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Hot Peppers (Spicy Food)

May 19, 2021 | Trends

The heated scene takes place in Long Beach, Calif. Thousands have gathered for the annual California Hot Sauce Expo ready to indulge their favorite passion, go wild on fiery food and punish their palates by sampling savagely spicy sauces. One contest even involves trying to ingest the hottest known pepper on earth, the appropriately named Carolina Reaper.

Why do people want to singe their mouths and throats and break out in a sweat for sheer entertainment? It’s the experience generation and their motto is: “been there, done that!” Not only is it an experience, but foodies are building a resistance to such common condiments as Cholula Hot Sauce, Sriracha, and Tabasco, by continually ratcheting up their tolerance for heat:

  • Ethnic food – The trend is catching fire due to the intermingling of global ethnicities and the growing popularity of such spicy ethnic cuisines as Cajun, Hunan, Indian, Mexican, Szechuan, and Thai. Case in point: 80% of consumers eat at least one ethnic cuisine each month. Granted, the most popular ethnic cuisines reportedly are Italian (61%), Mexican (50%), and Chinese (36%). The ethnic trend is best illustrated by the 46,700 Chinese restaurants Chinese Restaurant News reports operate in the U.S., more than McDonald’s (13,837), Burger King (7,257), Wendy’s (5,881), Five Guys (1,391) and Carl’s Jr. (1,068) combined. In comparison, there are roughly 4,200 sushi restaurants, according to market researcher IBISWorld.
  • Spice consumption – According to the American Spice Trade Association, Americans downed more than 1 billion pounds of spices in 2000, up 87% from the 544 million pounds consumed in 1981, and up 485% from 1961’s 171 million pounds. The fastest-growing category: “hot spices” — including black and white pepper, red pepper, ginger, and mustard seed, which now comprise 41% of U.S. spice usage, up 71% since the late 1970s. The use of spices doubled between 1970 and 1990 and will double again between 1990 and 2020, when the market was expected to top $16 billion, up from about $12 billion in 2014.
  • Hot sauce – The best proxy for the market’s interest in hot food may well be the race to create the world’s hottest peppers and sauces. In 2017, Tabasco debuted Tabasco Scorpion Sauce — a sauce that was 20 times hotter than the original. Marketed as a “small batch” with pre-orders starting on July 31, it sold out within a few hours. Tabasco claims that Scorpion Sauce, made from what else, scorpion peppers, registers 50,000 Scoville Heat Units (SHU) on the pungency heat scale, compared to “just” 2,140 SHU for the Original Red Sauce. That’s nothing compared to the 16 million SHUs claimed by Blair’s 16 Million Reserve, which is, thankfully, only sold in 1-milliliter vials.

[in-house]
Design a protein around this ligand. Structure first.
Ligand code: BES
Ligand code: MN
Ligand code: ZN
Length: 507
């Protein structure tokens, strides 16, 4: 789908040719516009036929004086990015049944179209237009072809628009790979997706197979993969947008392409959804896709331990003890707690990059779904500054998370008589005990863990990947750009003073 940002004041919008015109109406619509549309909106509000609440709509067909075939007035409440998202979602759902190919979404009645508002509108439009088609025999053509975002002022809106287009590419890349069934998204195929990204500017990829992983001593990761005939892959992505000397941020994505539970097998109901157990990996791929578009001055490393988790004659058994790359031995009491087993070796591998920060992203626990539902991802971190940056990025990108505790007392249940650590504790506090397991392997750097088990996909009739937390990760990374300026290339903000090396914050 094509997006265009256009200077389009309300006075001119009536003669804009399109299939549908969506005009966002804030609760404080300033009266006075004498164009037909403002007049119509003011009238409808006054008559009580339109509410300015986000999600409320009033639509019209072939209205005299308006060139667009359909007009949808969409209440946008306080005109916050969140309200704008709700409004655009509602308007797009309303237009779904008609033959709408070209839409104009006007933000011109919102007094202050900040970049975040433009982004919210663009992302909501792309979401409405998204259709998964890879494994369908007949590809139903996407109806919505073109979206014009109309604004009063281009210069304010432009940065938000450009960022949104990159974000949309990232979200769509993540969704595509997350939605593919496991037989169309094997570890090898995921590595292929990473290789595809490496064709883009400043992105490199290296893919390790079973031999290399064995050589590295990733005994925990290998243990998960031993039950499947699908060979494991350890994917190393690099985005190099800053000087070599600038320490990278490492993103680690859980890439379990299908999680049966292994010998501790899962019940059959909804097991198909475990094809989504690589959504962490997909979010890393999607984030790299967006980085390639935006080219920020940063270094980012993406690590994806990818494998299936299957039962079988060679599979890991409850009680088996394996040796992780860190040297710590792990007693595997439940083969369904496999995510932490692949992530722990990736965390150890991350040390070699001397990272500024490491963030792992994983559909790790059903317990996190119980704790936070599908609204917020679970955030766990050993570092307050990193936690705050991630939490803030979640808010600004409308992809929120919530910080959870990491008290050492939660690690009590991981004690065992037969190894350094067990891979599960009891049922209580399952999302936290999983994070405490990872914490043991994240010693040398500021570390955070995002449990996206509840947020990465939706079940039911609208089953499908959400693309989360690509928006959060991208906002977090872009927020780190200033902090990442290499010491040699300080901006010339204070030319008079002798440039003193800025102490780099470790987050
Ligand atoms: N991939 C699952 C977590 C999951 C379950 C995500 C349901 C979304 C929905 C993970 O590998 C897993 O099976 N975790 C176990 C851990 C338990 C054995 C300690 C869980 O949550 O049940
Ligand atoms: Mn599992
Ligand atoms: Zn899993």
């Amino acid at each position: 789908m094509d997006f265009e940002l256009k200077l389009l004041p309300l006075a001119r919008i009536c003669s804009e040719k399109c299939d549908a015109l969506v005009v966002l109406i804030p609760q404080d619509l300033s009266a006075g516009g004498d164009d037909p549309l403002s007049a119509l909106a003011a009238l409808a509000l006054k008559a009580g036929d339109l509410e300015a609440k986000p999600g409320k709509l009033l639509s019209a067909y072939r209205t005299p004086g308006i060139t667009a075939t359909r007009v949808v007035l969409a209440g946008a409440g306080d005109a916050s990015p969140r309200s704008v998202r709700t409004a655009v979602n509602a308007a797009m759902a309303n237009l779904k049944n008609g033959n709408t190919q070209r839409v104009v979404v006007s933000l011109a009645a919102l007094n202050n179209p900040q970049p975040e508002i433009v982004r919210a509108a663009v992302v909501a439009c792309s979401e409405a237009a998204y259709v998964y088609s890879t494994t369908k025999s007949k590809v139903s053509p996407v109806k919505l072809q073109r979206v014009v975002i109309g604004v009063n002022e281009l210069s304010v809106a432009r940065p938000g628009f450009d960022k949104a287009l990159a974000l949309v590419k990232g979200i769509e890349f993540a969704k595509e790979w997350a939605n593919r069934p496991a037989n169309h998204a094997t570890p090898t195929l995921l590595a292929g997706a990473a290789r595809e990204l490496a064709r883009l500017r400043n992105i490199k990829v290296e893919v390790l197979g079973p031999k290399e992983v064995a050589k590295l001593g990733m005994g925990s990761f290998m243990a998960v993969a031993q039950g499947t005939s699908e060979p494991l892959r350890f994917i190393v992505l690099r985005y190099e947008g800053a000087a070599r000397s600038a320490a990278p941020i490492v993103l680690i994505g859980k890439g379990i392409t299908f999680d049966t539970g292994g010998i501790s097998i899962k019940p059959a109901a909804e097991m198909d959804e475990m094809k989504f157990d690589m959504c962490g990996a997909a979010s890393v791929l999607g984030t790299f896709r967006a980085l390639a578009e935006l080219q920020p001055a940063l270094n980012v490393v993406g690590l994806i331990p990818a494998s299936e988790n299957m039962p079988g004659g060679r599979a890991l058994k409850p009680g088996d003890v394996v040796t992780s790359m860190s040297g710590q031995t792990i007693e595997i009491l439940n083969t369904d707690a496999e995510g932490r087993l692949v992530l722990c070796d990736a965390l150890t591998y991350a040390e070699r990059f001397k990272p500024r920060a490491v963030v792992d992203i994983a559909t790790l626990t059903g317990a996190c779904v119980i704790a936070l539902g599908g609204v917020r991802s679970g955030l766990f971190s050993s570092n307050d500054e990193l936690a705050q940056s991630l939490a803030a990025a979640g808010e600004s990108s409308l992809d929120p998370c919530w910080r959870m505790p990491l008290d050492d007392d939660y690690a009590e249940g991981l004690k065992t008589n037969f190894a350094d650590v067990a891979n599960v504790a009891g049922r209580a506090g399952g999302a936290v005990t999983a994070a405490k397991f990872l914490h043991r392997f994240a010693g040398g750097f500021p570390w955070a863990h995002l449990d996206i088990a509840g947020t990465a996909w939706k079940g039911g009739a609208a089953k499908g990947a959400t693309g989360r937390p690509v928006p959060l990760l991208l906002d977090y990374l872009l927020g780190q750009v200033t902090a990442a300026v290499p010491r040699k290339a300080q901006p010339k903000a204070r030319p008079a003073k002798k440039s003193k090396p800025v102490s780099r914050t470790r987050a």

• Dave’s Insanity – The blow-your-brains-out trend started, where else, in San Francisco where Dave’s Gourmet, founded in 1993 by Dave Hirschkop, sells as many as 1 million bottles each year of Dave’s Insanity Sauce, a sauce that lives up to its billing. Hirschkop invented his sauce out of necessity. After launching an offbeat taqueria in Maryland, called Burrito Madness, Hirschkop needed a way to fend off unruly, drunk kids who annoyingly insisted on frequenting his burrito joint. To return the favor, he created the “hottest hot sauce in the universe.” Unfortunately, the kids liked it. Hirschkop began bottling his sauce and named it “Insanity Sauce” after people told him the sauce was insane.
  • Competition – A wave of competition emerged, including the PuckerButt Pepper Co., owned by Ed Currie, responsible for growing the Carolina Reaper — boasting 2.2 million SHUs and currently the Guinness record holder for the world’s hottest pepper. Like other cultivated peppers, including ghost, naga, and scorpion peppers, the Carolina Reaper targets young males who drive category growth.
  • Experience generation – The Generation X-tasy Ubertrend is pushing the limits of what can be eaten, which is not limited to hot food. Fear Factor, which initially aired on NBC from 2001 to 2006, was famous for its vomit-inducing eating stunts, starting with worms and progressively getting worse. Even forcing contests to drink donkey semen in a segment NBC wisely decided not to air.

If you have any lingering doubts that people will be eating far hotter foods in the future, despite today’s often-heard protestations, perish the thought.
Hot peppers are here to stay and ready to incinerate your palate, and Indian food could well influence the progress of this trend. 🌶🥵

Ubertrend Categorization: Generation X-tasy.

Michael Tchong’s Ubertrends book
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